His perspective and defined technique have garnered him national recognition and his art is quickly becoming a collectors’ favorite. To him, art is an expression of his freedom as an individual. “ My messaging and purpose is through art.” Something he is sure of, as the height of the Black Lives Matter movement takes center stage. “If you look at my subjects, how can you justify them being killed? … Are you going to see them as a threat when they get older?” In today’s world, Johnson’s work could be considered the re-humanizing of Black life.
Currently, his work is inspired by his reactions and emotions to nationally-publicized Black killings at the hands of the Police and he is directly committed to inspiring and impacting Black communities to thrive. “The timing of everything has kind of shaped my art.” He relegates his lived experience as a Black kid; that growing up as an athlete afforded him a privilege that he hadn’t realized until now, sheltered him from experiencing racial tensions. This awakening has transcended his art into new heights that keeps him aware of the platform he has as an artist. Having at first, to leverage his name as a former athlete, he is one hundred percent, doing the work to make his art the center of his expression and owning this new phase of his career. This is more than art for him, this is passion made manifest.
While he acknowledges that his athletic career may have influenced how people receive his art at first, he also knows that he has and will continue to put in the time and work to grow his art following. “[In the beginning] it showed, because I wasn’t really getting the attention of the art world, or talking about collaborating with different brands… but now, I’ve put the work in, and I work non-stop. Now, I have the attention of the art world.”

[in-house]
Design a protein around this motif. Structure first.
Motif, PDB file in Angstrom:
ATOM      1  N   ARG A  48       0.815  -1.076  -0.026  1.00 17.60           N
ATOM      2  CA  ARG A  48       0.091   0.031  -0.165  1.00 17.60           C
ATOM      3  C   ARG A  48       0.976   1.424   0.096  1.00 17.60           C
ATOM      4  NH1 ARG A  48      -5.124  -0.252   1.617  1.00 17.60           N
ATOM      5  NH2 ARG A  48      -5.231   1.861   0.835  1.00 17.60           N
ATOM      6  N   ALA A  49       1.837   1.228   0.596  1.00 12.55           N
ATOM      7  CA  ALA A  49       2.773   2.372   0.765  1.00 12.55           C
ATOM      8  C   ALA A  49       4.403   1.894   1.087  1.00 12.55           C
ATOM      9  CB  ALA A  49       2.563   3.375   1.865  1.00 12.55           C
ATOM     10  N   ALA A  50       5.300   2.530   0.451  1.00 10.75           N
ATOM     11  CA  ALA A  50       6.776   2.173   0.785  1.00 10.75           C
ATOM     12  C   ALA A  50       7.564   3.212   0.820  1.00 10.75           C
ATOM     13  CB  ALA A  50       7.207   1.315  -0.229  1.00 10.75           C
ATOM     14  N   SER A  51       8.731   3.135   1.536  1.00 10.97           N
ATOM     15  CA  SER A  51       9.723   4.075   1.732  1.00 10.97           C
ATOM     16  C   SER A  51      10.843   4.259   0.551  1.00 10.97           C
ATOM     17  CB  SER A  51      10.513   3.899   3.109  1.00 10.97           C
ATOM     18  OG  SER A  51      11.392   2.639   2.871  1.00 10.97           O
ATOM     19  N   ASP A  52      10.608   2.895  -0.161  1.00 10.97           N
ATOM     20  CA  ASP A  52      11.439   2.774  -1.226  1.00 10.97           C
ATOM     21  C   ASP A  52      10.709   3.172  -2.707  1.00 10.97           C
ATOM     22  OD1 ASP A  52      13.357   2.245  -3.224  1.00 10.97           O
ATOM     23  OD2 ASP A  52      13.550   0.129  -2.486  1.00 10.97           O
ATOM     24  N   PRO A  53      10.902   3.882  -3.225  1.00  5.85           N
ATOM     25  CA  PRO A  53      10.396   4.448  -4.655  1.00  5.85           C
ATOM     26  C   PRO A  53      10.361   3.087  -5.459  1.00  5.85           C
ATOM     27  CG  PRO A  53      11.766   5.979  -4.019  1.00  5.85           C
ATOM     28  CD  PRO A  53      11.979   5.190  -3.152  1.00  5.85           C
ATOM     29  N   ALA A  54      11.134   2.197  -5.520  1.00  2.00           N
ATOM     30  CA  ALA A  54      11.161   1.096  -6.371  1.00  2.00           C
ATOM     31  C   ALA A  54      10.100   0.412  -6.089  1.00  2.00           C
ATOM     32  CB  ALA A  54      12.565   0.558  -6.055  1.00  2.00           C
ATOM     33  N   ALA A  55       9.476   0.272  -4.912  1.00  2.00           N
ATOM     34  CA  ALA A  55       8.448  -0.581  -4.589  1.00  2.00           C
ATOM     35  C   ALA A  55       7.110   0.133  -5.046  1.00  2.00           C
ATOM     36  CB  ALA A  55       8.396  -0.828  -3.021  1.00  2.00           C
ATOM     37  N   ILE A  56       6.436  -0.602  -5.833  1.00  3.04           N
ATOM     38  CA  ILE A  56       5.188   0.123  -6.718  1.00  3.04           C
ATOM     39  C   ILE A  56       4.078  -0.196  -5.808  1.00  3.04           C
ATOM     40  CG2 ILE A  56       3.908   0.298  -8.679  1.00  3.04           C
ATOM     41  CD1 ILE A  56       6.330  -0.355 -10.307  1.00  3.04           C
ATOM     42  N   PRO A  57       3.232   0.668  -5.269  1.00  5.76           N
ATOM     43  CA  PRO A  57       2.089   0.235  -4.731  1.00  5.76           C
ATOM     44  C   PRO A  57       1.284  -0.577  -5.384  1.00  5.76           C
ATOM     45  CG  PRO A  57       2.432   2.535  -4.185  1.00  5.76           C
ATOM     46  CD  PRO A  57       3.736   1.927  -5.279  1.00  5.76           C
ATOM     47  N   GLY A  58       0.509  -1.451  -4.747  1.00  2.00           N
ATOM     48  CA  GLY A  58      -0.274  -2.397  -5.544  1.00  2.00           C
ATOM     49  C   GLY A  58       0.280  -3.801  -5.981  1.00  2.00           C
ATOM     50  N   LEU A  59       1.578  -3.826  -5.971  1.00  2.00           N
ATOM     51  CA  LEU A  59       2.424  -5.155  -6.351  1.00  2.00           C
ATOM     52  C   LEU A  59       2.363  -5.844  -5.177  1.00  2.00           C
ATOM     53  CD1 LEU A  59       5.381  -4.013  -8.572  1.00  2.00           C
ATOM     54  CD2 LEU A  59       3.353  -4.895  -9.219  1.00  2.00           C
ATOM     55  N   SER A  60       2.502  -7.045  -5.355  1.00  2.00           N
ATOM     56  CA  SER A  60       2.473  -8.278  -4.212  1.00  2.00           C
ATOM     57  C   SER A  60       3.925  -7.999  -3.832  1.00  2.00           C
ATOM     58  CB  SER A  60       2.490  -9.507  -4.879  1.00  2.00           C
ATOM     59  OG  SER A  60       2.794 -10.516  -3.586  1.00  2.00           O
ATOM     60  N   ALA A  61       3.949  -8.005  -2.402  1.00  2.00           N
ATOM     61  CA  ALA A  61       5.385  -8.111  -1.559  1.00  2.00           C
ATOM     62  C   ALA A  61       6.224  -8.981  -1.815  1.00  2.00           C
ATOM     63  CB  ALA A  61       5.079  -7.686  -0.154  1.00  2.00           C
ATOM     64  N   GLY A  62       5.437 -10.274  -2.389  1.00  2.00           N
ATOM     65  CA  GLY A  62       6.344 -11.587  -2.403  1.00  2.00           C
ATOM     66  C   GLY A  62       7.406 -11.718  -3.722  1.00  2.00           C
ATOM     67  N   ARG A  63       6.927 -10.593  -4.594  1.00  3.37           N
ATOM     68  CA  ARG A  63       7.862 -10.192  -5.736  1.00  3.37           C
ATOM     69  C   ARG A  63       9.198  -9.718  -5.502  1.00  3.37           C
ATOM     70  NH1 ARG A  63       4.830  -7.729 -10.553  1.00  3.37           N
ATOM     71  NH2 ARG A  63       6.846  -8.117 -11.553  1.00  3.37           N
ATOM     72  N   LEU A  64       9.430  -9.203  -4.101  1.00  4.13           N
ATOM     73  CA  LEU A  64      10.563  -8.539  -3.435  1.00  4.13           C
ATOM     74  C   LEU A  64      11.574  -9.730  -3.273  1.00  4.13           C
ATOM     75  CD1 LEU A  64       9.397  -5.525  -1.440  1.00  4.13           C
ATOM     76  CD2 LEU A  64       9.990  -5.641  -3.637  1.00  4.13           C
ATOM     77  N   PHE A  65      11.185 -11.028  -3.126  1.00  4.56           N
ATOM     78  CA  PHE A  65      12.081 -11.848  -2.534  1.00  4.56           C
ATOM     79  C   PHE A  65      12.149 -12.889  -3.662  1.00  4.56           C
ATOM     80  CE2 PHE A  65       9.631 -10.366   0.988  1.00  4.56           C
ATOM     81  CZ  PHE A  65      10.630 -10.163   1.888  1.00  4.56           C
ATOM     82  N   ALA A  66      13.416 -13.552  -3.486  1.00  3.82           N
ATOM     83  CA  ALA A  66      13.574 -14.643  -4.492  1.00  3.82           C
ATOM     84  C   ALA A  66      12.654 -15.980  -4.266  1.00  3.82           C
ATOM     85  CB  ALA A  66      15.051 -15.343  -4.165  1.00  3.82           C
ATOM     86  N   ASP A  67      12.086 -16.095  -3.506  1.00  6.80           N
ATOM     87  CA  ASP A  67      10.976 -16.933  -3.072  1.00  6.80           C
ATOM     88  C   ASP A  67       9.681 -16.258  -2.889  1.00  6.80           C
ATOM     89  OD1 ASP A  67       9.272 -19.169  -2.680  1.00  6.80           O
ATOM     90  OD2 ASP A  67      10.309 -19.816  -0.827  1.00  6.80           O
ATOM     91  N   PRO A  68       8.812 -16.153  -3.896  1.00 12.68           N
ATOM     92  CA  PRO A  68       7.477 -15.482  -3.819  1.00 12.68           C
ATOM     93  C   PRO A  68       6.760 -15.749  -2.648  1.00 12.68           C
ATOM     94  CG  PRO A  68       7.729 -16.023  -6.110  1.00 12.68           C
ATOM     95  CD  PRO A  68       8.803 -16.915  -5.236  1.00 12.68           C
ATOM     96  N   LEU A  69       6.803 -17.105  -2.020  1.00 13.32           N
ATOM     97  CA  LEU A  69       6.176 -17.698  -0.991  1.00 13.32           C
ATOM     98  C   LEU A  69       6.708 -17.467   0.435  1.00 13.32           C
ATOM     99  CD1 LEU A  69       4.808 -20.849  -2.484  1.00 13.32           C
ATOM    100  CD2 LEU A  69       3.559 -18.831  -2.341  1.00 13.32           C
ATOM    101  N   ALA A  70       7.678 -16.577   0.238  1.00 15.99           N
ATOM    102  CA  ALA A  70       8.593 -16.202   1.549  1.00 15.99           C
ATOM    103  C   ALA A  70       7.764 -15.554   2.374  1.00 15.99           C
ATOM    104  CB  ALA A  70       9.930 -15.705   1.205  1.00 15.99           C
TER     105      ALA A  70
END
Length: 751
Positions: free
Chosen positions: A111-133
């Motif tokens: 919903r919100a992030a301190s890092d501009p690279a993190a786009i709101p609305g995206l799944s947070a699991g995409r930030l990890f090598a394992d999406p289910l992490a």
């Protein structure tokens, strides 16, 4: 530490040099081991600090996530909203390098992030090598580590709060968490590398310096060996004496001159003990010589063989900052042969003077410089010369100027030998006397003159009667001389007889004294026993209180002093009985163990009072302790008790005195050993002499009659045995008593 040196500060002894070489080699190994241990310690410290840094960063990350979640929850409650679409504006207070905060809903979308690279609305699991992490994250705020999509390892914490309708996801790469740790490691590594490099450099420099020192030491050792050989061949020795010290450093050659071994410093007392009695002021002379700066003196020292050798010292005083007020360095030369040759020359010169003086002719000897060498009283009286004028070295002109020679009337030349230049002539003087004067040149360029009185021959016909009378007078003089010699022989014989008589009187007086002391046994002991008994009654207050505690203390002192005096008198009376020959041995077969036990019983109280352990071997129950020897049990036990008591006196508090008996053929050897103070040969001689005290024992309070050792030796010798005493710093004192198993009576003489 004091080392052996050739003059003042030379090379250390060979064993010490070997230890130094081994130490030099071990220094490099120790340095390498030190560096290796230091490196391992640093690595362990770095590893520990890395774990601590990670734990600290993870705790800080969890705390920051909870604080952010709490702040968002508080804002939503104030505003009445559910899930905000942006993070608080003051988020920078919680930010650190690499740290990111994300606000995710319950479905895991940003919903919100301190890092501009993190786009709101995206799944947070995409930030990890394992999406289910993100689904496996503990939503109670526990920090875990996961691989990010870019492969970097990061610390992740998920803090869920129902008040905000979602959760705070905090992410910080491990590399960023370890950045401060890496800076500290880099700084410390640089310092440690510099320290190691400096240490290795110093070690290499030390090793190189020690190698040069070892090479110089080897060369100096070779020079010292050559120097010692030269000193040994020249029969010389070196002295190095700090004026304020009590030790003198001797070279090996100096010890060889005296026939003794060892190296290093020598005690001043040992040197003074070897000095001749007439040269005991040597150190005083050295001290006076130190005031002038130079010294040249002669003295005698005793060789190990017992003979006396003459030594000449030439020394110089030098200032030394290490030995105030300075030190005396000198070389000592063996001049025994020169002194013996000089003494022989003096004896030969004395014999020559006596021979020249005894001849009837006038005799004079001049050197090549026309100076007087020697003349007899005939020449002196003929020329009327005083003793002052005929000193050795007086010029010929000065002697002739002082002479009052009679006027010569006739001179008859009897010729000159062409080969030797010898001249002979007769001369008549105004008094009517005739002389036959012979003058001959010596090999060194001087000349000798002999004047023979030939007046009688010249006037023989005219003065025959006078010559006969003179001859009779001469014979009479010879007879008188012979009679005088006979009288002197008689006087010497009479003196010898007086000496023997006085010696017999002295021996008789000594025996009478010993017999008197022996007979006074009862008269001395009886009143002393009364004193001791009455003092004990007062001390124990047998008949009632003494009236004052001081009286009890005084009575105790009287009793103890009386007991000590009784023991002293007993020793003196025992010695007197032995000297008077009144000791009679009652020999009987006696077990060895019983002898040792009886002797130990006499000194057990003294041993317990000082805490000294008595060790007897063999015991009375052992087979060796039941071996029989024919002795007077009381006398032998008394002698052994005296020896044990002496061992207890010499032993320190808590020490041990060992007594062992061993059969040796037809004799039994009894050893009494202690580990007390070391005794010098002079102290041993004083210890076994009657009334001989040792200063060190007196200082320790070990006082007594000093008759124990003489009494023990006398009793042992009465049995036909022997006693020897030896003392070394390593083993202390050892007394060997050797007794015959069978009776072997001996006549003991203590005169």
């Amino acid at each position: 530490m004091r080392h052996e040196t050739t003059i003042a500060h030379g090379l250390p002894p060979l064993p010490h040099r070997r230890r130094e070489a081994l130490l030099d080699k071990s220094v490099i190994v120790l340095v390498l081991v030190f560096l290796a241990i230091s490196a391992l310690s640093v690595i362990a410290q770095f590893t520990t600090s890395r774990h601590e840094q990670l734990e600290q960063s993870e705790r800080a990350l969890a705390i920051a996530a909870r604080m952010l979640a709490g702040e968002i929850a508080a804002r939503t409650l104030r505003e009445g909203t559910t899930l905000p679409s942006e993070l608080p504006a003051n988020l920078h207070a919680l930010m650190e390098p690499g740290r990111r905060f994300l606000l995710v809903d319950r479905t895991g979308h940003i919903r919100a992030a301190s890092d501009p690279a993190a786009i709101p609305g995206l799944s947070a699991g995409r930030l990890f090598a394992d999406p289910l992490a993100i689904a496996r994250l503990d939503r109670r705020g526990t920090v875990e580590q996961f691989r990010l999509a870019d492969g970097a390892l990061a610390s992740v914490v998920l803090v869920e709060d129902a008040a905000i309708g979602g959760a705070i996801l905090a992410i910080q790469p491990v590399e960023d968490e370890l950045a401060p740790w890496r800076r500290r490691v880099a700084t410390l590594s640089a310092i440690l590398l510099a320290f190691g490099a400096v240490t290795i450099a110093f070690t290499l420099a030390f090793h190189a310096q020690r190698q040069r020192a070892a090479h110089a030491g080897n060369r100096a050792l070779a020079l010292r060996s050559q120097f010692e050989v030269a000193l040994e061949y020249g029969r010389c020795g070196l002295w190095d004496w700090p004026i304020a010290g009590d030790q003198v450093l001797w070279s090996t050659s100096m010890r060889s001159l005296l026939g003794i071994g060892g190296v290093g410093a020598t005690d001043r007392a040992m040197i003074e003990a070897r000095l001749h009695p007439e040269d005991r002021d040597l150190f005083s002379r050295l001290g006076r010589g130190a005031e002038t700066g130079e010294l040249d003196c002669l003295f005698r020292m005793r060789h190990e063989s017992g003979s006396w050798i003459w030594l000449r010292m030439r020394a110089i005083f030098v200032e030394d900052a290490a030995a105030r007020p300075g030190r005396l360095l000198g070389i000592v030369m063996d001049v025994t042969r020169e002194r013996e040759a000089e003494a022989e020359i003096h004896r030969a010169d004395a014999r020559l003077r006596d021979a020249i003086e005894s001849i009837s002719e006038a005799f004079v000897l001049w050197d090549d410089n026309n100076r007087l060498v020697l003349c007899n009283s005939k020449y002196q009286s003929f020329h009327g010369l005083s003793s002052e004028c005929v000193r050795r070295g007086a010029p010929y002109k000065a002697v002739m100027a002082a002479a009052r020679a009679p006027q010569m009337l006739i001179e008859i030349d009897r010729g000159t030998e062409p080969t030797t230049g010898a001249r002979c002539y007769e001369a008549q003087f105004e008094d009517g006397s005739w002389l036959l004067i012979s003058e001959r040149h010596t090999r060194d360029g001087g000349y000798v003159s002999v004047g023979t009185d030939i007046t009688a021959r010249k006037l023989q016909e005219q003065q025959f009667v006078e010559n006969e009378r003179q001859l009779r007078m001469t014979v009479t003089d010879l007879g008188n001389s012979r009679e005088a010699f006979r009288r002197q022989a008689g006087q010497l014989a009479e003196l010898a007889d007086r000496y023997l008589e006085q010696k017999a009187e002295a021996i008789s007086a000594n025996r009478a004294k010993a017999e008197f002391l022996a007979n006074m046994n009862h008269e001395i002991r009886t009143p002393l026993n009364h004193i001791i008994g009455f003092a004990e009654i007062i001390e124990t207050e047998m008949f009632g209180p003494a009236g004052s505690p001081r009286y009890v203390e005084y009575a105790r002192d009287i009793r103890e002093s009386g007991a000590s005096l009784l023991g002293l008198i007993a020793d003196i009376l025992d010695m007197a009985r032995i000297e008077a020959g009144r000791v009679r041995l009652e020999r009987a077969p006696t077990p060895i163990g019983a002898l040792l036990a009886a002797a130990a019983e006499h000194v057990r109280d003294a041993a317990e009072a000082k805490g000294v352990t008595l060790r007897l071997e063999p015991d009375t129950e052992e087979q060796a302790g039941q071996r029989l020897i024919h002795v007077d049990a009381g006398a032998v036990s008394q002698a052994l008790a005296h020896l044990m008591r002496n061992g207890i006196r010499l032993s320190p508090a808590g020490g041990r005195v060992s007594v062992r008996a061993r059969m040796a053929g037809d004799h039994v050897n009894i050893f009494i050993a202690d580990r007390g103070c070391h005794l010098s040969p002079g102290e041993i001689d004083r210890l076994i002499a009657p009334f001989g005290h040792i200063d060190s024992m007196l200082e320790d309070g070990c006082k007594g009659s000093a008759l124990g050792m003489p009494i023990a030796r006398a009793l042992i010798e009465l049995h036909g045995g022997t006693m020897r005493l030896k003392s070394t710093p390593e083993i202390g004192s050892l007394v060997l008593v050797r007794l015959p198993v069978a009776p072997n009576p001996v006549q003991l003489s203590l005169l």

Collected and adored, his work is especially favored by those who can see themselves and the lives of others mirrored in his art. It’s no wonder his first gallery show, at The Art Angels Gallery, sold out on opening night. He was asked to create more art – and fast! It was clear then, what is even more apparent now, that there is a clear connection to his artistic relief that resonates with a powerful message; just beholding it, internalizing it, and feeling it. About the subjects in his art, he says: “These Black kids, you may think they’re cute now, but they are [going to] grow up at some point, are you going to sit there in front of your TV and watch them be murdered?”
His most memorable piece to date, an interactive photograph that he recently took of two Black boys from Indianapolis. A new artform for him, outside of painting. The photograph is of an Astronaut in a field with two brothers, seven and eight years old, and a door to their dreams. Speaking about the photograph, Johnson is proud to embark on such an inspiring and impactful piece.